Author Topic: Another New Sharon Diary Surfaces  (Read 3434 times)

Glenn Byron

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Another New Sharon Diary Surfaces
« on: September 13, 2010, 02:56:27 PM »
WOW!  New Sharonites sure were adept at keeping a journal, and you can visit this one right on your computer. In case you are not familiar with The Maine Memory Network, you've missed a great site. This diary is from about 1855 to 1866-7 by an  interesting fellow who was very involved in his church, town and the nation. I couldn't leave it once I started.  Lots of insight here about life 150 years ago. Bet you didn't know that "cankers and rash" was a big killer of the young.  Be there as a small town guy takes a train trip when trains were just beginning. One single page finds a New Sharon resident starving to death in a Confederate prison, General Lee surrenders, and President Lincoln killed. http://www.mainememory.net/bin/Detail?ln=9240  
« Last Edit: September 14, 2010, 12:47:20 AM by Glenn Byron »

Glenn Byron

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Re: Another New Sharon Diary Surfaces
« Reply #1 on: September 14, 2010, 12:32:26 AM »
Those Hours can show you how we are facing the same issues today as 150 years ago.  On one page he was voting "up or down" on the Aroostook Railroad just as we recently had to accept taxpayer liability for keeping this thing going.  I wonder what Cankers & Rash or "Canker Rash" was killing kids in the 1850's would be called today.  I asked my RN partner and she had no idea.  Do you have any suggestions what this disease was? A visit to this site will keep you captivated. And yes, Mr. J.W.Smith from the other New Sharon diary is mentioned often.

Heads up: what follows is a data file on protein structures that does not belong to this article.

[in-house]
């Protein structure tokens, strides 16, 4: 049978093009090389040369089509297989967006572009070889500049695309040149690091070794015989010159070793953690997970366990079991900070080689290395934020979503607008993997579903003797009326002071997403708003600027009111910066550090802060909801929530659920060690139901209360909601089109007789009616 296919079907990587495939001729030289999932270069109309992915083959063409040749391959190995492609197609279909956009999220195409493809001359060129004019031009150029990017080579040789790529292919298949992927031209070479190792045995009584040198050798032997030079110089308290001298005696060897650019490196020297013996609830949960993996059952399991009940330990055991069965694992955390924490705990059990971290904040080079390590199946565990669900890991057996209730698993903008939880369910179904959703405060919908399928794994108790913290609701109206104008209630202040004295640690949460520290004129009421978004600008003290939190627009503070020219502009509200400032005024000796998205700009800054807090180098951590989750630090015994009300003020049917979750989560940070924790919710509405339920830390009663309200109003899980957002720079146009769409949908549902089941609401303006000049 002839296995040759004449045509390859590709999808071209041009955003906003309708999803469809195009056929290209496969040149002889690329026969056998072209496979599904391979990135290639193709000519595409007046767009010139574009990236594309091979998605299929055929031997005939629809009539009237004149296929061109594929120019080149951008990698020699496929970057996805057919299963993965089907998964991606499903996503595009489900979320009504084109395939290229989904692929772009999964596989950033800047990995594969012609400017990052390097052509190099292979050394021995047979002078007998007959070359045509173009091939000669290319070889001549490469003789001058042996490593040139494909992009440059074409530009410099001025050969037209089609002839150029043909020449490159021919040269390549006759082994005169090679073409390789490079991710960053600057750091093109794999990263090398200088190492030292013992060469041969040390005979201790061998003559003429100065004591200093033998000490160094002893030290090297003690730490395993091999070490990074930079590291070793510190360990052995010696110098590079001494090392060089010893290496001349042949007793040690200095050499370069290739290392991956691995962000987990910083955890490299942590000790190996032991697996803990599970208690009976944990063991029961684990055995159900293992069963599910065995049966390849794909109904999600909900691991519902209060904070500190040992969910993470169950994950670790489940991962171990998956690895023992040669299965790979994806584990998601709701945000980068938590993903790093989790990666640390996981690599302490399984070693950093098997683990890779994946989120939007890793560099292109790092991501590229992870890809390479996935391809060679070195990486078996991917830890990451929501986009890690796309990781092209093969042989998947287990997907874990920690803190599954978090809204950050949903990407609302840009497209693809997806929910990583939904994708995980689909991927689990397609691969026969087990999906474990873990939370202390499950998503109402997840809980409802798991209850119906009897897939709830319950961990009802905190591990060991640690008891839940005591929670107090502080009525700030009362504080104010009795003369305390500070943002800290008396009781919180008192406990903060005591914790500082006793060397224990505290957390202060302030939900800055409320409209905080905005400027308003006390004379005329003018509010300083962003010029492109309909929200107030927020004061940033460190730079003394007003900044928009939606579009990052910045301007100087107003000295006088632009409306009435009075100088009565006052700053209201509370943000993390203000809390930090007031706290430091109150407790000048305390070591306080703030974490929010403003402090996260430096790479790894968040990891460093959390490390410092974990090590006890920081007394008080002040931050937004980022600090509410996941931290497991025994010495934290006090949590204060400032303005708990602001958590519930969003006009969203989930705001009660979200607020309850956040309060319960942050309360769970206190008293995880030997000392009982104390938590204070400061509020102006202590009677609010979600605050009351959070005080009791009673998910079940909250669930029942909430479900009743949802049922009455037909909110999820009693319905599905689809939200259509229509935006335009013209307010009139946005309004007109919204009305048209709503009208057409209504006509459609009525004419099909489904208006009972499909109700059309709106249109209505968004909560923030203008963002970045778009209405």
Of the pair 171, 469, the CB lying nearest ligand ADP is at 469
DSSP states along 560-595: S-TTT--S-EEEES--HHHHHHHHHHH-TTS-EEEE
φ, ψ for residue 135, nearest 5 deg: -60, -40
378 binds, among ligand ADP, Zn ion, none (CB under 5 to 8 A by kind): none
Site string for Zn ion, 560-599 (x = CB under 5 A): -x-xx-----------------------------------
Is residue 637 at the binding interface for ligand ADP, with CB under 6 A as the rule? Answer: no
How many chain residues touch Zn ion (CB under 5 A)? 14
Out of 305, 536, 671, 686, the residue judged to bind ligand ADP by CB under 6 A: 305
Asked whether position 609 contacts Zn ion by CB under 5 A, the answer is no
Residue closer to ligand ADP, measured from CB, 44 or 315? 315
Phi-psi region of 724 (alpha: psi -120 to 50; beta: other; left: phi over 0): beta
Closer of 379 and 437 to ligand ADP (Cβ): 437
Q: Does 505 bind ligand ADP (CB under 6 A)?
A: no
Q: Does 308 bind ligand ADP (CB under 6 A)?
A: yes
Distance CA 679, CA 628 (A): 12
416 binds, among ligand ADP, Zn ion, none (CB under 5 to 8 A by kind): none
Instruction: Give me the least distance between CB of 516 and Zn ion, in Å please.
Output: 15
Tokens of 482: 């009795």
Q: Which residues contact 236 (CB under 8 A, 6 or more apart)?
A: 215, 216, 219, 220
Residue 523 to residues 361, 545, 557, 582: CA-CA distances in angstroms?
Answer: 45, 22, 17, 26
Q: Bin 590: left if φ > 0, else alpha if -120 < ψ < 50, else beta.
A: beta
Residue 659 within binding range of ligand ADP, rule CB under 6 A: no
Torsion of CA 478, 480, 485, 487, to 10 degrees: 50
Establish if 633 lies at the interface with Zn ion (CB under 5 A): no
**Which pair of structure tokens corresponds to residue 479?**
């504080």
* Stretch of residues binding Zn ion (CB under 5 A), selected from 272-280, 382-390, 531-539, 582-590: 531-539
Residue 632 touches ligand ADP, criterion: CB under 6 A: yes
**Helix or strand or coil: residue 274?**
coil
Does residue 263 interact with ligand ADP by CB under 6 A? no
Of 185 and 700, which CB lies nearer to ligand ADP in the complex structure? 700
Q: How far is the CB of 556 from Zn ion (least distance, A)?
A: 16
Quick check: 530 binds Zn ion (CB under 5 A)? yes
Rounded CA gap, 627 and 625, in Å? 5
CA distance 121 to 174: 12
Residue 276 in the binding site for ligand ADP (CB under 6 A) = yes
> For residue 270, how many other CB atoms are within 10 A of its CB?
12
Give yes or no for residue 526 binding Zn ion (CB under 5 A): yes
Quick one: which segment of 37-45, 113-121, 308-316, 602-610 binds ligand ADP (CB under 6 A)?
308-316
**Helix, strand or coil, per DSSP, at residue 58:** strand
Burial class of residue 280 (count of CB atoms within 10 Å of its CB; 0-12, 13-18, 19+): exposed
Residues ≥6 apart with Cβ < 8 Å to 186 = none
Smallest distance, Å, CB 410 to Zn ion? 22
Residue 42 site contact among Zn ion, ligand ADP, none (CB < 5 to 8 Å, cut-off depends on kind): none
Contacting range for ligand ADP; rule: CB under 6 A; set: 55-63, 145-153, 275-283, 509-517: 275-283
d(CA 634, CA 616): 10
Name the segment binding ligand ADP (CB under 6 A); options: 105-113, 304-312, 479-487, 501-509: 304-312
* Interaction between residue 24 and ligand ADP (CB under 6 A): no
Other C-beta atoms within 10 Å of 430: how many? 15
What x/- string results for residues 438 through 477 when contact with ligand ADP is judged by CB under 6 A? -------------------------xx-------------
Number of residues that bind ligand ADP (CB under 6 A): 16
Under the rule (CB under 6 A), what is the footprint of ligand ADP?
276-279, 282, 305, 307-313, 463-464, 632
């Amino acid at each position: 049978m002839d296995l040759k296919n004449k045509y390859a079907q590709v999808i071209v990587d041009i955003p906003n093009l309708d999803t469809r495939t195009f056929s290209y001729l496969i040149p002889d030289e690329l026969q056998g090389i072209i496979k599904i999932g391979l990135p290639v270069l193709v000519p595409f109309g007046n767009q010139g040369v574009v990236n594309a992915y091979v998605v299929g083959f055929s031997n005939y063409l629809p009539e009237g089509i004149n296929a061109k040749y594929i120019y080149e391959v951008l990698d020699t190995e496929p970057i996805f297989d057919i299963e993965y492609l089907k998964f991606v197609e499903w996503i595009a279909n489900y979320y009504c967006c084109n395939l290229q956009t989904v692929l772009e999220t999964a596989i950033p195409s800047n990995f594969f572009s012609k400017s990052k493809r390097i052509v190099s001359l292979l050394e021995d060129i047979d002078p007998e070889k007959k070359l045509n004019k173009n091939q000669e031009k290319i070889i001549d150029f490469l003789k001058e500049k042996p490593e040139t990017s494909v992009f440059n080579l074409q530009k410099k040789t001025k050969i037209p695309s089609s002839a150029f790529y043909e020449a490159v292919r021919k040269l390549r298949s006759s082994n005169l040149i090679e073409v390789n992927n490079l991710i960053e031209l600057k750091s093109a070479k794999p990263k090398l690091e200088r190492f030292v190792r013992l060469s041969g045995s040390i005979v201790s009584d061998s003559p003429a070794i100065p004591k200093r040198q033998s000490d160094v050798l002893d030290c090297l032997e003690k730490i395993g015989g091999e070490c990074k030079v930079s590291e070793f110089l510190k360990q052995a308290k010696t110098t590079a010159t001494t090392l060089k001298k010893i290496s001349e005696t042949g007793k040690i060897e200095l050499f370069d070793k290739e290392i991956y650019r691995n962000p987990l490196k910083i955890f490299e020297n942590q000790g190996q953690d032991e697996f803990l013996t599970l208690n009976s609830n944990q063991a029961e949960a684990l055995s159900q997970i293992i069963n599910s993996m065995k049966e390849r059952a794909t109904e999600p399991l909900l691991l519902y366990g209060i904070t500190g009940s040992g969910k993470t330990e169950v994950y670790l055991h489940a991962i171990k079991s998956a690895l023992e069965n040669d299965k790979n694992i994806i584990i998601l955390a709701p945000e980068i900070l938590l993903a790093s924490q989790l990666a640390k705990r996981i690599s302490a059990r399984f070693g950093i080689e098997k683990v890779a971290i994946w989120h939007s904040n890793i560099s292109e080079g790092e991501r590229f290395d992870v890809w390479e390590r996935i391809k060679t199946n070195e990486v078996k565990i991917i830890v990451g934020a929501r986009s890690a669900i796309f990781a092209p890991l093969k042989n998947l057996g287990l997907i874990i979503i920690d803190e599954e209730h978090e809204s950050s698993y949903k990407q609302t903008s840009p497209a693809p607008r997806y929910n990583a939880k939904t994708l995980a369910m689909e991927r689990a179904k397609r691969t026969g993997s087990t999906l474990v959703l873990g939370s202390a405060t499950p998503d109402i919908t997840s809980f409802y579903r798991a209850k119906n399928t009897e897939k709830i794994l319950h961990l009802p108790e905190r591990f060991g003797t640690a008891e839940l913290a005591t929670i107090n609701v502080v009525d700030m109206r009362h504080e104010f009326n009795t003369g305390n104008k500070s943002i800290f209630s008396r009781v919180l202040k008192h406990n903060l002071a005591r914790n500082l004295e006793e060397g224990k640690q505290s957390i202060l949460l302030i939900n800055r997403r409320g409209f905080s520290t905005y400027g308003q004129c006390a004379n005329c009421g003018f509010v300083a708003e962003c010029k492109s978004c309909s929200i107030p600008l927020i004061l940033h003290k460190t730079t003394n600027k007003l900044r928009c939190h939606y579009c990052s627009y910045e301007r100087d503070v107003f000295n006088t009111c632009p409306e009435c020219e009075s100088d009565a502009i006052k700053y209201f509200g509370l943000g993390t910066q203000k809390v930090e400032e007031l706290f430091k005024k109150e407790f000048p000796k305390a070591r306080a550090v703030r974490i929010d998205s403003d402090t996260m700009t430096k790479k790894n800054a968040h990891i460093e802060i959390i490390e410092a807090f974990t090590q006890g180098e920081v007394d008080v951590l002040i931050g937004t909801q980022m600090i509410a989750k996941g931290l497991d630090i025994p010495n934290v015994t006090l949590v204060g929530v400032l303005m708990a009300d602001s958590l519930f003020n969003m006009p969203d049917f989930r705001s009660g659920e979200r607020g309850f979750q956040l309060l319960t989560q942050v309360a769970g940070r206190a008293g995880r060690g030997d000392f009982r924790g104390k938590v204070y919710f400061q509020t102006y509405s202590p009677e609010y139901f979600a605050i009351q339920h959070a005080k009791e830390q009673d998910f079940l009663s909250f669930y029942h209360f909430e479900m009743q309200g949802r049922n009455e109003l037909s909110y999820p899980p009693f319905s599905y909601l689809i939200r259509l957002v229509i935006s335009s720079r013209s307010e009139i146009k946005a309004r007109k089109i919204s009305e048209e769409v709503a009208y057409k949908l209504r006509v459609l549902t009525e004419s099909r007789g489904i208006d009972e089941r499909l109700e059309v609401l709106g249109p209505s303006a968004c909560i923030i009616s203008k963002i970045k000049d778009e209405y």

« Last Edit: September 14, 2010, 12:45:40 AM by Glenn Byron »

Glenn Byron

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Re: Another New Sharon Diary Surfaces
« Reply #2 on: September 14, 2010, 02:36:19 PM »
CanĀ“ker rash`
 1. (Med.) A form of scarlet fever characterized by ulcerated or putrid sore throat.

Webster's Revised Unabridged Dictionary, published 1913 by C. & G. Merriam Co.                                       Aren't these computers helpful?  Today we take antibiotics as an everyday item.  In the 1800's Scarlet Fever was a killer, especially of the young.